If someone had shrugged and said they'd rather work on their freaking bicycle than get a car, we would have thought they'd gone loopy.

That's car culture in a nutshell: the automobile is so deeply ingrained in one's identity and sense of mobility that it's not even a matter of discussion, let alone debate. To paraphrase O Brother Where Art Thou?, "you ain't no kind of man if you ain't got wheels."


That just isn't true any more. My older son is 17 and he has no real interest in getting a licence any time soon. (None of his friends are in a rush to get their driver's licences, either.) It's not a matter of not being able to afford it, either: in inflation-adjusted terms, our household is more affluent than mine was when I was his age.

Rather, there are two new dynamics at play: 1) his identity is not tied into whether he can drive; and 2) he does not feel trapped inside his house, since he has far more options to walk, cycle or take transit to a wide variety of destinations.

I'd add: 3) walking, cycling and transit are no longer regarded as inferior to driving. When you're connected wirelessly to the largest dynamic repository of human knowledge and realtime communication in the history of the world, driving is a liability and walking/cycling/transit are liberating.


The landscape is shifting. The postwar suburban consensus is breaking up. Even many people who buy suburban houses only do it because they can't afford to live in more location-efficient neighbourhoods - and that, in turn, is due to a legacy of federal, provincial and municipal policies and subsidies that artificially reduce the cost of sprawl while artificially raising the cost of urban development.

The faster we recognize that the market is changing and revise our policies to reflect the growing demand for high quality urban living, the sooner we will be able to take advantage of the essential economies of cities that make high quality urban living so desirable and productive.

If we fail to do this, the city will continue to underperform economically and culturally while municipal revenues lag further and further behind burgeoning operating and lifecycle costs.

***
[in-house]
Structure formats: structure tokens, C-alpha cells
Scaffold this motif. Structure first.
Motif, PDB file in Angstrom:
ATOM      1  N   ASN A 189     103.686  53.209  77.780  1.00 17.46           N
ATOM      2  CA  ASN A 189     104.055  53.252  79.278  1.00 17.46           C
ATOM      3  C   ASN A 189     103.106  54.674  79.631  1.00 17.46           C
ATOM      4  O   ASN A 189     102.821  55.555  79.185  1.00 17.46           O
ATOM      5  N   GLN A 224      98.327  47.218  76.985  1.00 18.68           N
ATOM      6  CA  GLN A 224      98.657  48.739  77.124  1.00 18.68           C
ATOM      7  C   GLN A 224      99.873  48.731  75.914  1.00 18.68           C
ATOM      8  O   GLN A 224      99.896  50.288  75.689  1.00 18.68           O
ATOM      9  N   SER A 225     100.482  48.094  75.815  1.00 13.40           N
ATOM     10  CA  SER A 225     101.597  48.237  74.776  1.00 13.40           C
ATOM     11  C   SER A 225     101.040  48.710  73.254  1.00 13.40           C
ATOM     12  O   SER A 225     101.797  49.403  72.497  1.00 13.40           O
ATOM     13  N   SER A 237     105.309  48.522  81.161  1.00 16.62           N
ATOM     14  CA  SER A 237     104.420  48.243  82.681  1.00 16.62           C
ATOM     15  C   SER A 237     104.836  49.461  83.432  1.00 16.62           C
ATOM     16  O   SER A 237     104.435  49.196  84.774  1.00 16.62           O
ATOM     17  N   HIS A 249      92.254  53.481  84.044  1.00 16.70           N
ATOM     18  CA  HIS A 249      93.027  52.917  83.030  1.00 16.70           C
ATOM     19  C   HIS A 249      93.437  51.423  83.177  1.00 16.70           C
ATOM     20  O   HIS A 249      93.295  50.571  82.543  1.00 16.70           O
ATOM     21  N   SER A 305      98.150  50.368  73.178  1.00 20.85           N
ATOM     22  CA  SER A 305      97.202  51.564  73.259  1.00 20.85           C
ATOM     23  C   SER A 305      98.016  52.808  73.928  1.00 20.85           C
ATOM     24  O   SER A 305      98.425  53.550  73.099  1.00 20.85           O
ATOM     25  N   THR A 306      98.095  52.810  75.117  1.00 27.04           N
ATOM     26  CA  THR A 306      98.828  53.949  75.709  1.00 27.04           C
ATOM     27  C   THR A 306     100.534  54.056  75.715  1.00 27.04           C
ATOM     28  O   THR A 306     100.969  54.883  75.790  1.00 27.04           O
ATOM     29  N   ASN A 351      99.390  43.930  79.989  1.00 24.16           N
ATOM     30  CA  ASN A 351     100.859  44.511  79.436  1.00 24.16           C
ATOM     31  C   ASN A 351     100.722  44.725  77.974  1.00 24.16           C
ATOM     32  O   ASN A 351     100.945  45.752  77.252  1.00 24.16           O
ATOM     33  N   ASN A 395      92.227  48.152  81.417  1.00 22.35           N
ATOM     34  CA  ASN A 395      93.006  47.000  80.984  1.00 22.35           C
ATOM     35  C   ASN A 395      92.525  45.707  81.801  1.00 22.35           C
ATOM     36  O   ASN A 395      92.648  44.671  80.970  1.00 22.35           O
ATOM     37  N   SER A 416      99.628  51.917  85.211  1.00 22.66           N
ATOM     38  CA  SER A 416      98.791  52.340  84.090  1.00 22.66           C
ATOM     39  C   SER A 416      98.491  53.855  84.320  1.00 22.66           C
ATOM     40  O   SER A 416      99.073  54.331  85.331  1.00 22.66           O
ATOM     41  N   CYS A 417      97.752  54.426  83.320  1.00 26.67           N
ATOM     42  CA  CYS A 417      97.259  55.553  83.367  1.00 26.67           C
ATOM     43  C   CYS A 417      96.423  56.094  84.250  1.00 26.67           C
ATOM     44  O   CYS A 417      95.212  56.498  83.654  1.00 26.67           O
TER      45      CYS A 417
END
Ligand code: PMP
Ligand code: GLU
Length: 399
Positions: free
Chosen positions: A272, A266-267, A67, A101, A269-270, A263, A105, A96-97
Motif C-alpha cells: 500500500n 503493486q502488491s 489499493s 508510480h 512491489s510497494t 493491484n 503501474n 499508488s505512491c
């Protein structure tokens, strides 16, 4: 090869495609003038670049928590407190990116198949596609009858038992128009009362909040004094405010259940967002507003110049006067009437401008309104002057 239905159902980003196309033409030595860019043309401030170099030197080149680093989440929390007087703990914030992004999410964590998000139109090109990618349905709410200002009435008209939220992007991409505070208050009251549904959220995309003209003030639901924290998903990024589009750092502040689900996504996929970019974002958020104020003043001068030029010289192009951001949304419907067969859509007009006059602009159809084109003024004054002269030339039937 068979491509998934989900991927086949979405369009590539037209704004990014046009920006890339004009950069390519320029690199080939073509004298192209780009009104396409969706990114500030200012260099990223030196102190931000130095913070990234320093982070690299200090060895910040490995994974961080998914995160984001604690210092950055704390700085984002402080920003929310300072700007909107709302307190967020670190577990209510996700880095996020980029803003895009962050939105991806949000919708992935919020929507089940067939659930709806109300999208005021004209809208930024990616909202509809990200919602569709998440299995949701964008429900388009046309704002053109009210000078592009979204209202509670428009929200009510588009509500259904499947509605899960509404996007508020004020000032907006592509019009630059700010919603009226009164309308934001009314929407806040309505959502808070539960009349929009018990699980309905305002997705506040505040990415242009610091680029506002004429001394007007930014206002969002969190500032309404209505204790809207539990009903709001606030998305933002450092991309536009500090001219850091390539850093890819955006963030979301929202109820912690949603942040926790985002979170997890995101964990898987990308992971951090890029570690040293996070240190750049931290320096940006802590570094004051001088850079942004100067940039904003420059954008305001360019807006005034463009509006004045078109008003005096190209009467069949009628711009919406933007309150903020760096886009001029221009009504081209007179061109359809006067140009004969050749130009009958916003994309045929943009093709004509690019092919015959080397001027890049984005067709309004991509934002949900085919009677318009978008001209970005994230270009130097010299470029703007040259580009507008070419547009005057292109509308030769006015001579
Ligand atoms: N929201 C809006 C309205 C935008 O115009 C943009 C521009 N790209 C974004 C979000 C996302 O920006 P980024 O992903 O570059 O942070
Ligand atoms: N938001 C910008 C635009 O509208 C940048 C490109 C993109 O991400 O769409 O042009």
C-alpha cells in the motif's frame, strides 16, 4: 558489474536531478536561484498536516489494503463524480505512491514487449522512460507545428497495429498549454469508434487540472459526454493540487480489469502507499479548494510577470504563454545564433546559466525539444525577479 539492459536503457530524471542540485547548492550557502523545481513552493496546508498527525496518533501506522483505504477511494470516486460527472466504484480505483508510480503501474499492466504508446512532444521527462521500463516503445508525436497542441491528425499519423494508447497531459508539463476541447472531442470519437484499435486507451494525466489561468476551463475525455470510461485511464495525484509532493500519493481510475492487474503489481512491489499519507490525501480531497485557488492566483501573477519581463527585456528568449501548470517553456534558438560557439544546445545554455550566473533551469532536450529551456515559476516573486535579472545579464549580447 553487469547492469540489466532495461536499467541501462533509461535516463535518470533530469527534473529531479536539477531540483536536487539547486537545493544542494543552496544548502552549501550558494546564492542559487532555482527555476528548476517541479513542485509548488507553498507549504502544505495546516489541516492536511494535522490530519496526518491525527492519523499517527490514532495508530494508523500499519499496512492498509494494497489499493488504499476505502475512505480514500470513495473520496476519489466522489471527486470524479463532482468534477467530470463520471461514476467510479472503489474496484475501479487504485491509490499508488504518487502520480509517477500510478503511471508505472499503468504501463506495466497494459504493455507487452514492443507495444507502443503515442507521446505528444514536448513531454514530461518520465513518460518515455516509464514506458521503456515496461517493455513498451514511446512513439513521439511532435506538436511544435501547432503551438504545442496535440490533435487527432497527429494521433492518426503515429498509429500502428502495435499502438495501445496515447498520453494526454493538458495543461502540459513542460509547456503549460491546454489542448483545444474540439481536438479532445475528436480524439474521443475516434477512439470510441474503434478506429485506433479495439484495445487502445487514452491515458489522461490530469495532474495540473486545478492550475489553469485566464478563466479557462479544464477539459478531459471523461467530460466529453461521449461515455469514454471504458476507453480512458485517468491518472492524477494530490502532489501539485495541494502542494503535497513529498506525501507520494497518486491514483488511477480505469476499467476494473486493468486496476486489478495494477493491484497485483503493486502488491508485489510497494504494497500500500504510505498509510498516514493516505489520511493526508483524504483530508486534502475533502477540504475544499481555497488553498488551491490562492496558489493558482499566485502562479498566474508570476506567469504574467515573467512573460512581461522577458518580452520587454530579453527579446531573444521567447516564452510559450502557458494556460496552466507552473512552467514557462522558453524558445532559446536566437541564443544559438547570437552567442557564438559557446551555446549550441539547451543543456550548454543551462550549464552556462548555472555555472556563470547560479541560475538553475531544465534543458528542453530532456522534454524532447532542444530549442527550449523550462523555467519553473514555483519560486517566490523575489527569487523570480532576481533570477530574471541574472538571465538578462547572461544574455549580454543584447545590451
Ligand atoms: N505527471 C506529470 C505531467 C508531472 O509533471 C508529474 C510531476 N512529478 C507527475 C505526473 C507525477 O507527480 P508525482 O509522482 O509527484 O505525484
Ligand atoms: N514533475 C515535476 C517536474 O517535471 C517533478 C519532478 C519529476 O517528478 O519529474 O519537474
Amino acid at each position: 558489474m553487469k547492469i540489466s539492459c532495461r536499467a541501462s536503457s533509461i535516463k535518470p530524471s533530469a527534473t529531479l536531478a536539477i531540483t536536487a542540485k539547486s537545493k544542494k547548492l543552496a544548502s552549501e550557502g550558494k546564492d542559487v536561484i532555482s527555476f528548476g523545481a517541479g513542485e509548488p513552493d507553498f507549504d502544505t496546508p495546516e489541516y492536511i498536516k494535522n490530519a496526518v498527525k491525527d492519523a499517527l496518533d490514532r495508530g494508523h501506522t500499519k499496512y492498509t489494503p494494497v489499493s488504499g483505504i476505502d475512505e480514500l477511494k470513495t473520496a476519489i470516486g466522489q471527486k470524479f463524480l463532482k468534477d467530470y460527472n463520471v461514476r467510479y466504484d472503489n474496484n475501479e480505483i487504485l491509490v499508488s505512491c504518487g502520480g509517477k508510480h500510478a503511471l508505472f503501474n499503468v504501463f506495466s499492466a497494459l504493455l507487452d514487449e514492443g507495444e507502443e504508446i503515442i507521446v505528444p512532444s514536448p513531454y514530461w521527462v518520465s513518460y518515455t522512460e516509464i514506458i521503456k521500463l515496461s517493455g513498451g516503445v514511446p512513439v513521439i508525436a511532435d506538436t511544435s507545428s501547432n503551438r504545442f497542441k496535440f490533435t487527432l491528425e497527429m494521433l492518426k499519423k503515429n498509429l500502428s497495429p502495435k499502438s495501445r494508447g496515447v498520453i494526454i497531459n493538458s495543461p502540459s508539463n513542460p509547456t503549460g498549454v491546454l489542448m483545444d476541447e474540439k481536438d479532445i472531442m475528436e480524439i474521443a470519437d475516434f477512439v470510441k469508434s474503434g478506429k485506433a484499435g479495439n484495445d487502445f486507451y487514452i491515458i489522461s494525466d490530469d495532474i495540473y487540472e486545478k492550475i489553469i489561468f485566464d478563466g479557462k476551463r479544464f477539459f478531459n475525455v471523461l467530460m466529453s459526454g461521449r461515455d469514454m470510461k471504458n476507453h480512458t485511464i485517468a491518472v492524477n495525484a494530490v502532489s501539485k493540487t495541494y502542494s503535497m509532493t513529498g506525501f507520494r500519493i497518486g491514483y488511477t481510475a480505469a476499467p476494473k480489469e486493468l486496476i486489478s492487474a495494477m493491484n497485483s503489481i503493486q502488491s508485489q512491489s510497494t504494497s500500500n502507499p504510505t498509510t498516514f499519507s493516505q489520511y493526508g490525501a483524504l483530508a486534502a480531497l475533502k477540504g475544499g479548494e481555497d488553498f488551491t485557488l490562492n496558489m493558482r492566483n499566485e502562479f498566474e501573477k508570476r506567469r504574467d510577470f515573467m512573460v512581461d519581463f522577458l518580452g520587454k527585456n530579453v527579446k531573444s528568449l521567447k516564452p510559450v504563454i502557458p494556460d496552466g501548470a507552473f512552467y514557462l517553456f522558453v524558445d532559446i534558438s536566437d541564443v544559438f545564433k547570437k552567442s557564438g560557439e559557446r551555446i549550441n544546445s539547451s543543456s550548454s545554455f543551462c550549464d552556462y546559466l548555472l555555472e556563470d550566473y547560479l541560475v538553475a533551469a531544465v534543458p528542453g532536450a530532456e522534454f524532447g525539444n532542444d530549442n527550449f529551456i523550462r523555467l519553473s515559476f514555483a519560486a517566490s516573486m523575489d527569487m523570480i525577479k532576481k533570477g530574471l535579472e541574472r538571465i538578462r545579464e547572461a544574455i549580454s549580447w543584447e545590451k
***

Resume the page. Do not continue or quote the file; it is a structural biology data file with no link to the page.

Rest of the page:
We have an epochal opportunity to change the city's trajectory after more than a half-century of suburban sprawl and urban decline. We have an opportunity to fire up the city's economic engine and breathe new life into its streets and neighbourhoods, to cultivate the next generation of innovative businesses, to celebrate the fruits of human creativity that flow out of the rich and serendipitous connections that only city living can provide.

Now is not a good time to cling fearfully to the status quo.

Comment edited by administrator Ryan on 2012-09-19 08:25:31

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By LOL all over again (anonymous) | Posted September 19, 2012 at 21:16:25 in reply to Comment 80990

I am not reasoning by anecdote. I am merely trying to show you the error of your ways. It is way to easy to look at a study's numbers and jump to the wrong conclusion, especially if you are desperate to find anything to justify your existing beliefs.

I bought an African amulet some years ago that was said to ward off man eating tigers. I don't believe in such superstitions but I really liked the thing as a piece of jewelry so I bought it. Now 22 years later I have never been threatened or even seen a man eating tiger so obviously the amulet really does ward off man eating tigers. It must be worth millions.

Any assumptions drawn from a study's numbers must be looked at very carefully and great care taken to get the right cause and effect.


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By Chris Angel (registered) | Posted September 20, 2012 at 11:55:51 in reply to Comment 81062